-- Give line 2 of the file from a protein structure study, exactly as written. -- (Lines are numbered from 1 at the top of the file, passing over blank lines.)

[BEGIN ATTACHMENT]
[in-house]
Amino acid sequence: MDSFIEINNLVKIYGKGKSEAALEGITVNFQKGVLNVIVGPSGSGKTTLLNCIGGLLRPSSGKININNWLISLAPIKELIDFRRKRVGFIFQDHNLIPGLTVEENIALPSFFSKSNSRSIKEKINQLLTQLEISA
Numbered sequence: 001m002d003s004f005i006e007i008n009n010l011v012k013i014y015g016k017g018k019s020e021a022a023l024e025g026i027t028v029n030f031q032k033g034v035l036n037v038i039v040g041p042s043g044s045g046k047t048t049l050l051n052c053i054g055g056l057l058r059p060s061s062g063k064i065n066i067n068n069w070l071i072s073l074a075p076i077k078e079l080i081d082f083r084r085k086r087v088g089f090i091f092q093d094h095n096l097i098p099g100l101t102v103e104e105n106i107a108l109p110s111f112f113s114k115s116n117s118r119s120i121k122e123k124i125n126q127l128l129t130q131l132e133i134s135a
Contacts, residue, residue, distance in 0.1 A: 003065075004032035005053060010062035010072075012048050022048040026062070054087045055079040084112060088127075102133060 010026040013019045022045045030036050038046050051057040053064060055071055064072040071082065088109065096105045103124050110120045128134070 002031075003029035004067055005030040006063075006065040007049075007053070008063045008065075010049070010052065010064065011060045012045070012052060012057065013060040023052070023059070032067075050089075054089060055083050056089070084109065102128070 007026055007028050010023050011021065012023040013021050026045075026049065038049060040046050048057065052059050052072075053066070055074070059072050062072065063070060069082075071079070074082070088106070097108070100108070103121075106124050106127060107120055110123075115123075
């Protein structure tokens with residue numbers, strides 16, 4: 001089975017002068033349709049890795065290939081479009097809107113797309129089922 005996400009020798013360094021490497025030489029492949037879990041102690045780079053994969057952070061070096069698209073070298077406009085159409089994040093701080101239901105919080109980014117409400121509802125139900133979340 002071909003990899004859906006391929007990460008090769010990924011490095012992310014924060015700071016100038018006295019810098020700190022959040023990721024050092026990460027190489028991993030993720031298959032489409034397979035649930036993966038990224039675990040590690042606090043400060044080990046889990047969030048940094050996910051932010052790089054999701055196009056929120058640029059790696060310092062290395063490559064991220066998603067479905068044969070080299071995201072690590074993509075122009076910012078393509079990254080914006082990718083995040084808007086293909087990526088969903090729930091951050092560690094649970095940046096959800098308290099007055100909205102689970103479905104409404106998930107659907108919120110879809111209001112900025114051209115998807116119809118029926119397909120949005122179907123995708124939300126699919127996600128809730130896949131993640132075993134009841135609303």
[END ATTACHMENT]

Amino acid sequence: MDSFIEINNLVKIYGKGKSEAALEGITVNFQKGVLNVIVGPSGSGKTTLLNCIGGLLRPSSGKININNWLISLAPIKELIDFRRKRVGFIFQDHNLIPGLTVEENIALPSFFSKSNSRSIKEKINQLLTQLEISA